SYSTEMATIC REVIEW article
Sec.Drugs Outcomes Research and Policies
Non-vitamin K Antagonist Oral Anticoagulants vs. Warfarin at Risk of Fractures: A Systematic Review and Meta-Analysis of Randomized Controlled Trials
- 1Department of Pharmacy, Renji Hospital, School of Medicine, Shanghai Jiaotong University, Shanghai, China
- 2Department of Pharmacy, The Third Xiangya Hospital, Central South University, Changsha, China
- 3Department of Cardiology, Renji Hospital, School of Medicine, Shanghai Jiaotong University, Shanghai, China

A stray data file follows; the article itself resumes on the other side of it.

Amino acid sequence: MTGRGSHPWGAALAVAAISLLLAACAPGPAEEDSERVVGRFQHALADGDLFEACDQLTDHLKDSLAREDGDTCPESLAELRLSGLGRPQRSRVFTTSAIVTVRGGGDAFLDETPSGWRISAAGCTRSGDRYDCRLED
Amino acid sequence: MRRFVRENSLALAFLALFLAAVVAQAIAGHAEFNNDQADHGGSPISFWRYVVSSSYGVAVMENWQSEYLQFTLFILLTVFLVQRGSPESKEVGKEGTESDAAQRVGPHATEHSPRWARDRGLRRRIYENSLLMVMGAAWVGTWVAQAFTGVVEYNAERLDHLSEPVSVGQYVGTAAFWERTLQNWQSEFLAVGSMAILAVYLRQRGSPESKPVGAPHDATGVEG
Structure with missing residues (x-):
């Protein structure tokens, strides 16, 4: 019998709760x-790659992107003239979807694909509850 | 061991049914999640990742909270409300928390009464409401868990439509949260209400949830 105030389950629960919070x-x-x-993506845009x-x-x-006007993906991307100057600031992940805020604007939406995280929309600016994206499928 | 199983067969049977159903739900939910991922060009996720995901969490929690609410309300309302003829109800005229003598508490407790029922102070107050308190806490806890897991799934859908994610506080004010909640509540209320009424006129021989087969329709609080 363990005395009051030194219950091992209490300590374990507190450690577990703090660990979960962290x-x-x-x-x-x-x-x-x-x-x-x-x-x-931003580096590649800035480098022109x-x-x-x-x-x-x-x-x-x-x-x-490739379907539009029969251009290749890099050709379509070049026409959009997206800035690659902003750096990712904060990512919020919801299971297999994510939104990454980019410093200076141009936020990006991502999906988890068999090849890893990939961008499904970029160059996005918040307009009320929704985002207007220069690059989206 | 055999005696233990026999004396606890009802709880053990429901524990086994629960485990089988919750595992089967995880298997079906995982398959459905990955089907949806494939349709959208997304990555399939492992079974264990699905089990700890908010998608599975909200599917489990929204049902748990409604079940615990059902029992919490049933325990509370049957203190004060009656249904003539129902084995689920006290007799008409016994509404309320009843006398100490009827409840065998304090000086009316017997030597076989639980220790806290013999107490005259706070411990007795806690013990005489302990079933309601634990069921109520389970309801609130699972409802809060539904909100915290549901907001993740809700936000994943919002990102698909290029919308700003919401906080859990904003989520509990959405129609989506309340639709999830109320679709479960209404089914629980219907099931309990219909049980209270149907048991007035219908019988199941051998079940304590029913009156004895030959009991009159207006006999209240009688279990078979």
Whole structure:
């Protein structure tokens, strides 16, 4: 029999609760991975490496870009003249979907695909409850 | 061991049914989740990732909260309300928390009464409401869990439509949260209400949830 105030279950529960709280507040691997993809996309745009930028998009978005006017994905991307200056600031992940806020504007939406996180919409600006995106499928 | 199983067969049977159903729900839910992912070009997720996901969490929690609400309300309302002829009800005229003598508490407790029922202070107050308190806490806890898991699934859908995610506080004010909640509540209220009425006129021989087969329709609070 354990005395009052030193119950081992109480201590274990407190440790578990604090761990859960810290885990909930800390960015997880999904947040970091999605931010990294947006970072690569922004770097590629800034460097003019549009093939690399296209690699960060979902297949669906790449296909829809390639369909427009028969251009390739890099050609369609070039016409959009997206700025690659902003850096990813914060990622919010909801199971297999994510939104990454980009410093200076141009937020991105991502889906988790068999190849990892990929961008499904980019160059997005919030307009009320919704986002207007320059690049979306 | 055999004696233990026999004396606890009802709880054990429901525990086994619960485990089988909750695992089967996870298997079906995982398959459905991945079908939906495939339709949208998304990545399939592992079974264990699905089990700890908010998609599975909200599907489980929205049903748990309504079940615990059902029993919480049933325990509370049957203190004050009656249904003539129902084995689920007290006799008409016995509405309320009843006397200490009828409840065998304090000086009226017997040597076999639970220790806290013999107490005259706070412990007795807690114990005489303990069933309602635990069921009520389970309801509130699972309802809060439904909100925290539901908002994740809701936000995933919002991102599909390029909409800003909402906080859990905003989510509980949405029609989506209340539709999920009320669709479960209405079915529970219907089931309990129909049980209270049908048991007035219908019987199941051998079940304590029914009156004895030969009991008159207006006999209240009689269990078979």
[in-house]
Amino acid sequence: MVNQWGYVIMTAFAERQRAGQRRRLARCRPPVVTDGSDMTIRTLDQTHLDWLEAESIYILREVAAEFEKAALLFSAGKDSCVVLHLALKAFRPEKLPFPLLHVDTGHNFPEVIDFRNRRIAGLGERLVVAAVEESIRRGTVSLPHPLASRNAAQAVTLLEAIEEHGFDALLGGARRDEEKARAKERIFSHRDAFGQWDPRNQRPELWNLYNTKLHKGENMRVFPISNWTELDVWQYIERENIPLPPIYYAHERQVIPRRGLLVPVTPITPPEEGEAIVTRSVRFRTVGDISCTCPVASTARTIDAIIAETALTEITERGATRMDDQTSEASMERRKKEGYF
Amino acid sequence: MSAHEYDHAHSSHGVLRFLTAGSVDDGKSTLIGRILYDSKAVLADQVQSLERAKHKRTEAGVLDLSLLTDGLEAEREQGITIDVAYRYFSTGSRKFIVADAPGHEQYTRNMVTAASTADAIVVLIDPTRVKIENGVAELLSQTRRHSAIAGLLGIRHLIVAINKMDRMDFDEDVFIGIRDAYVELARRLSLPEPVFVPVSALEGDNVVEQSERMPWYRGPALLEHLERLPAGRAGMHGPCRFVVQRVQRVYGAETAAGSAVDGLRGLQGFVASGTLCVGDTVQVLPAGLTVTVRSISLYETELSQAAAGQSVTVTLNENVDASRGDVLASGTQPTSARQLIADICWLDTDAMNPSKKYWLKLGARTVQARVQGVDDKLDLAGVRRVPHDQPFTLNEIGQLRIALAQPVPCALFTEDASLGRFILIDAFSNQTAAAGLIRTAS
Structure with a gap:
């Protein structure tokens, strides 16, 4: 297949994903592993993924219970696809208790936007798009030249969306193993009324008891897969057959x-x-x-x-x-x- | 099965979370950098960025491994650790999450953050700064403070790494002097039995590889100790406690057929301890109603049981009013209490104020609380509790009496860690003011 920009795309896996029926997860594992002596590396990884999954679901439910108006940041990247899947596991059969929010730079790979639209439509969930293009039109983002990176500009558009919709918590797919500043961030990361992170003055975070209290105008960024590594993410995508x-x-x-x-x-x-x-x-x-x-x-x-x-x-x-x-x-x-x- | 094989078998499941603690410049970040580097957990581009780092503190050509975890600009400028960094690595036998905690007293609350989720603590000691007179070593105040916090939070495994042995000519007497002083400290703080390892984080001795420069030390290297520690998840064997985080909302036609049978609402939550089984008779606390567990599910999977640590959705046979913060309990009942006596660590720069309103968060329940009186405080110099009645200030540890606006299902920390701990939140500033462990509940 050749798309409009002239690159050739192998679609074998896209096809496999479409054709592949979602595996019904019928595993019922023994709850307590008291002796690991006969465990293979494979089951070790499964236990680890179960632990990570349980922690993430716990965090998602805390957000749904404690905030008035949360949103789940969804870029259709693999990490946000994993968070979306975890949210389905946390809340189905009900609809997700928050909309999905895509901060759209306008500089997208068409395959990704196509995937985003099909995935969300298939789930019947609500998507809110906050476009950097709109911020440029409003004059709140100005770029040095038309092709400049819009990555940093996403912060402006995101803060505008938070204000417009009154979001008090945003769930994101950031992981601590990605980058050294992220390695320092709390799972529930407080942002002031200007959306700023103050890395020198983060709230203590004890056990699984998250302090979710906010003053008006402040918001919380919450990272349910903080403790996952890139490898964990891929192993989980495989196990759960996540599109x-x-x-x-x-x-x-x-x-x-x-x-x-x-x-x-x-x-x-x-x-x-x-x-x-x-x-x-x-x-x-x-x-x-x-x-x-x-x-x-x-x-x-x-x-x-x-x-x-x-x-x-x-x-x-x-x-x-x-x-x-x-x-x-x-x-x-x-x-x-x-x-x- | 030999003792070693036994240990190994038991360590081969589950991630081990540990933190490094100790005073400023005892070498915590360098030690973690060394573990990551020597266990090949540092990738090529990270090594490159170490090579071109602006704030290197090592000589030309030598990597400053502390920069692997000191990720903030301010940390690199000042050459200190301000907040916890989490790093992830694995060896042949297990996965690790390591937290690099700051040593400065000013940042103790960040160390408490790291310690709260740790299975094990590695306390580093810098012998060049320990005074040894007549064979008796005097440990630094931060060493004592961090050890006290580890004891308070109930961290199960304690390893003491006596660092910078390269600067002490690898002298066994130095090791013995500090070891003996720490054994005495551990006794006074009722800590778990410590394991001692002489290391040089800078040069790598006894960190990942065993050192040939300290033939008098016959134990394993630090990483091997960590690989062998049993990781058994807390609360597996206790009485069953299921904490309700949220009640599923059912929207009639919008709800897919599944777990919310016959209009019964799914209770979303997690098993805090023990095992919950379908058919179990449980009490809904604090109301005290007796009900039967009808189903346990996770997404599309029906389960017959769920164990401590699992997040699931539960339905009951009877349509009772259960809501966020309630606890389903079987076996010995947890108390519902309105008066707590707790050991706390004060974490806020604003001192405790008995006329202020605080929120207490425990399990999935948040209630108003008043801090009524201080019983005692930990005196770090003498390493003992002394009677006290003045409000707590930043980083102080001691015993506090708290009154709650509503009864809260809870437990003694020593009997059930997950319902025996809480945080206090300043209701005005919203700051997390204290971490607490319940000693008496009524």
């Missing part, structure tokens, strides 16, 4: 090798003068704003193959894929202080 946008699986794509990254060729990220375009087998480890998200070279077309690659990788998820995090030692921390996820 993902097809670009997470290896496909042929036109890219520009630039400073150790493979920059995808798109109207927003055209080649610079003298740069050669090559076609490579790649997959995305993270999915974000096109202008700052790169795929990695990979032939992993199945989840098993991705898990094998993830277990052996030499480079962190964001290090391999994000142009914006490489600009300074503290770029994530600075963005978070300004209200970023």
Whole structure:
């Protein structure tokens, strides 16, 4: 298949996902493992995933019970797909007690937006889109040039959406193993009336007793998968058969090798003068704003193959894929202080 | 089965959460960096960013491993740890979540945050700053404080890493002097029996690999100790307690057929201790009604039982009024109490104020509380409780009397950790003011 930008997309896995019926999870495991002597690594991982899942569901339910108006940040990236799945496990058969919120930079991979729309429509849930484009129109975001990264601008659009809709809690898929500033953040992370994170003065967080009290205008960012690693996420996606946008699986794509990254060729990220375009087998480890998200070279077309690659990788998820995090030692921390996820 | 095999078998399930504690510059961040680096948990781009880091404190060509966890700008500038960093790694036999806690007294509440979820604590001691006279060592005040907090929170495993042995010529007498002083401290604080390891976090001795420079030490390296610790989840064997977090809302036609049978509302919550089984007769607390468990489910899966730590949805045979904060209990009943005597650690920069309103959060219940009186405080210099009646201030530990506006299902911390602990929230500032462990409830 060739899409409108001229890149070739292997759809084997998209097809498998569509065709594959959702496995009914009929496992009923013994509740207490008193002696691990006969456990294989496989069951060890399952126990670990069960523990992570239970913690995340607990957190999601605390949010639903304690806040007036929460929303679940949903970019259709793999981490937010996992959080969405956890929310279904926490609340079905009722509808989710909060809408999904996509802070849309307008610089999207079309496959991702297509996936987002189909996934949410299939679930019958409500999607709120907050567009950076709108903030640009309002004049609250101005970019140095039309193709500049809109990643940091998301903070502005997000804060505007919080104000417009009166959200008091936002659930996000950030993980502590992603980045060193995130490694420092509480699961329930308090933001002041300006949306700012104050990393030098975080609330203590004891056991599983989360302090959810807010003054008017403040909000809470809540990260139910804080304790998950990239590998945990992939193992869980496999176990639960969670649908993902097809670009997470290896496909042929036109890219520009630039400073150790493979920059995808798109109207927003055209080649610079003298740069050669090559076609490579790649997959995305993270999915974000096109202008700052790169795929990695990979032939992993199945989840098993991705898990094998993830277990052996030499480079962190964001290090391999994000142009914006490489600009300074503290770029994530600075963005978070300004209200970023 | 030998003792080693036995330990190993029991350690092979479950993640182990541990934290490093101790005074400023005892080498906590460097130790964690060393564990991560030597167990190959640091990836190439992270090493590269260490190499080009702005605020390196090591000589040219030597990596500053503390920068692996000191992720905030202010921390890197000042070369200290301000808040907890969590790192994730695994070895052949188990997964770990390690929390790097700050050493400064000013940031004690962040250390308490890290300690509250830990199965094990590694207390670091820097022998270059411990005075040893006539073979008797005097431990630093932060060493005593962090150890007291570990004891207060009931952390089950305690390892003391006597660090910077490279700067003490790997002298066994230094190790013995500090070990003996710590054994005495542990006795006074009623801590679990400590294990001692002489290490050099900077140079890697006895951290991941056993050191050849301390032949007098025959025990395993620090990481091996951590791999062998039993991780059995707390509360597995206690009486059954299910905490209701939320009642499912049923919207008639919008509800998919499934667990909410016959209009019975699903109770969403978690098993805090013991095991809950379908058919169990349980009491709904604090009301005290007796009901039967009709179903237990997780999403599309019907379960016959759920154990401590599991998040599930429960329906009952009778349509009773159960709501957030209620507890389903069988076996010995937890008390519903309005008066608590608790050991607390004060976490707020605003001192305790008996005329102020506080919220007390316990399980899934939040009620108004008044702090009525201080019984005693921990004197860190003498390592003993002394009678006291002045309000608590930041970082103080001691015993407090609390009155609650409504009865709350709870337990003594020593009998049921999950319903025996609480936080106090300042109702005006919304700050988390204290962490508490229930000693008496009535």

Warfarin is a traditional oral anticoagulant for preventing thrombotic events in patients with atrial fibrillation (AF) and venous thromboembolism. Along with the widespread clinical use, the potential association between warfarin use and fracture risk have been addressed gradually. Non-vitamin K antagonist oral anticoagulants (NOACs), targeting thrombin or Xa factor, have been recommended as an optimal alternative due to their favorable property of thromboembolism prophylaxis and reduced bleeding risk. However, evidence of the fracture risk with NOACs use is limited. Therefore, the present study investigated this issue by a meta-analysis. Medline, Embase, Cochrane Library and the ClinicalTrials.gov Website were searched for randomized controlled trials (RCTs) that reported the fracture data of NOACs and warfarin. The primacy outcome was a composite of any fracture. Summary relative risks (RRs) and 95% confidence intervals (CIs) were calculated using random- or fixed-effects models according to between-study heterogeneity. Heterogeneity was assessed through I2 test and Q statistic, and the number of patients needed to treat (NNT) was calculated based on fracture incidence. Subgroup analyses were conducted according to individual NOACs, indications, and duration of follow up. Finally, 12 RCTs involving 89,549 patients were included, among which 44,816 (50%) receiving NOACs and 44,733 (50%) receiving warfarin. Overall, 1,139 (1.3%) patients including 515 NOACs users (1.1%) and 624 warfarin users (1.4%) developed fracture. Risk of fracture was significantly lower in NOACs compared to warfarin (RR: 0.82, 95%CI: 0.73–0.93, P = 0.001), with a NNT of 333. No significantly decreased risk was detected according to fracture sites. Subgroup analysis confirmed that the estimate of decreased fracture risk was derived mainly from AF patients receiving long-term anticoagulation treatment. The meta-regression did not detect any potential confounding on fracture risk. No heterogeneity between the studies (I2 = 15.0%) and no publication bias was identified. In conclusion, the use of NOACs was associated with a lower risk of fracture compared to warfarin, but with a relatively low absolute risk reduction. Therefore, screening for the fracture risk should be considered before initiating anticoagulation treatment. For patients who are at high risk of fracture or expected long-term treatment of anticoagulation, NOACs may represent a preferable alternative to warfarin.